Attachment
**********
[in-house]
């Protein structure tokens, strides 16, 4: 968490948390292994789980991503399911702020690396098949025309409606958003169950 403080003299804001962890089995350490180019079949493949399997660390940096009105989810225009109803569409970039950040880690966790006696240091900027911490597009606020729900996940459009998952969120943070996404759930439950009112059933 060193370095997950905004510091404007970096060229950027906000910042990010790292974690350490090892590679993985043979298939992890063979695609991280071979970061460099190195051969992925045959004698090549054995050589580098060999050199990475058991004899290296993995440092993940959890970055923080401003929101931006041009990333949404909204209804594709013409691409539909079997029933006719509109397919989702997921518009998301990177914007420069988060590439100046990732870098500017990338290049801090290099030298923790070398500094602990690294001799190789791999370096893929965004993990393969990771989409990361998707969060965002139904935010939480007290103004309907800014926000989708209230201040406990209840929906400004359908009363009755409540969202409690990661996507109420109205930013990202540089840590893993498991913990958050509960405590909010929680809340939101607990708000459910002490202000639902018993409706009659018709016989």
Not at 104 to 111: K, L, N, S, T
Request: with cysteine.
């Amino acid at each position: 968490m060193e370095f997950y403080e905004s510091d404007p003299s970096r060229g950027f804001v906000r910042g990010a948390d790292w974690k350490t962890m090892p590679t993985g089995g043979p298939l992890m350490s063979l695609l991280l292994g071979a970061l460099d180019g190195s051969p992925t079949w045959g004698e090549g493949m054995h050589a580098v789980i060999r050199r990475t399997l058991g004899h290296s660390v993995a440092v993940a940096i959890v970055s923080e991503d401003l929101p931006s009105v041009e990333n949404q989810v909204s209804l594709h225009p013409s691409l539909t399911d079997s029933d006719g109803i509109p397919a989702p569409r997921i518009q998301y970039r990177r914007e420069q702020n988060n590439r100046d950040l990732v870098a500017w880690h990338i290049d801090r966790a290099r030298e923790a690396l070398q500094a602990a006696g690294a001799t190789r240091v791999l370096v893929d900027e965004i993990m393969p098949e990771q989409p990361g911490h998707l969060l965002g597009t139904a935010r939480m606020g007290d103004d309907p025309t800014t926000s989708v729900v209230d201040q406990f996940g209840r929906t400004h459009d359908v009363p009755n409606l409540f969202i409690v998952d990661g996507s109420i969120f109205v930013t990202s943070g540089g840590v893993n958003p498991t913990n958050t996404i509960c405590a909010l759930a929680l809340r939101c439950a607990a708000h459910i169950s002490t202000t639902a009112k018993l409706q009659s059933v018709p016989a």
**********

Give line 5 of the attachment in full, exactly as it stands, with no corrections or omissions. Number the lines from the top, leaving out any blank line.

């Amino acid at each position: 968490m060193e370095f997950y403080e905004s510091d404007p003299s970096r060229g950027f804001v906000r910042g990010a948390d790292w974690k350490t962890m090892p590679t993985g089995g043979p298939l992890m350490s063979l695609l991280l292994g071979a970061l460099d180019g190195s051969p992925t079949w045959g004698e090549g493949m054995h050589a580098v789980i060999r050199r990475t399997l058991g004899h290296s660390v993995a440092v993940a940096i959890v970055s923080e991503d401003l929101p931006s009105v041009e990333n949404q989810v909204s209804l594709h225009p013409s691409l539909t399911d079997s029933d006719g109803i509109p397919a989702p569409r997921i518009q998301y970039r990177r914007e420069q702020n988060n590439r100046d950040l990732v870098a500017w880690h990338i290049d801090r966790a290099r030298e923790a690396l070398q500094a602990a006696g690294a001799t190789r240091v791999l370096v893929d900027e965004i993990m393969p098949e990771q989409p990361g911490h998707l969060l965002g597009t139904a935010r939480m606020g007290d103004d309907p025309t800014t926000s989708v729900v209230d201040q406990f996940g209840r929906t400004h459009d359908v009363p009755n409606l409540f969202i409690v998952d990661g996507s109420i969120f109205v930013t990202s943070g540089g840590v893993n958003p498991t913990n958050t996404i509960c405590a909010l759930a929680l809340r939101c439950a607990a708000h459910i169950s002490t202000t639902a009112k018993l409706q009659s059933v018709p016989a």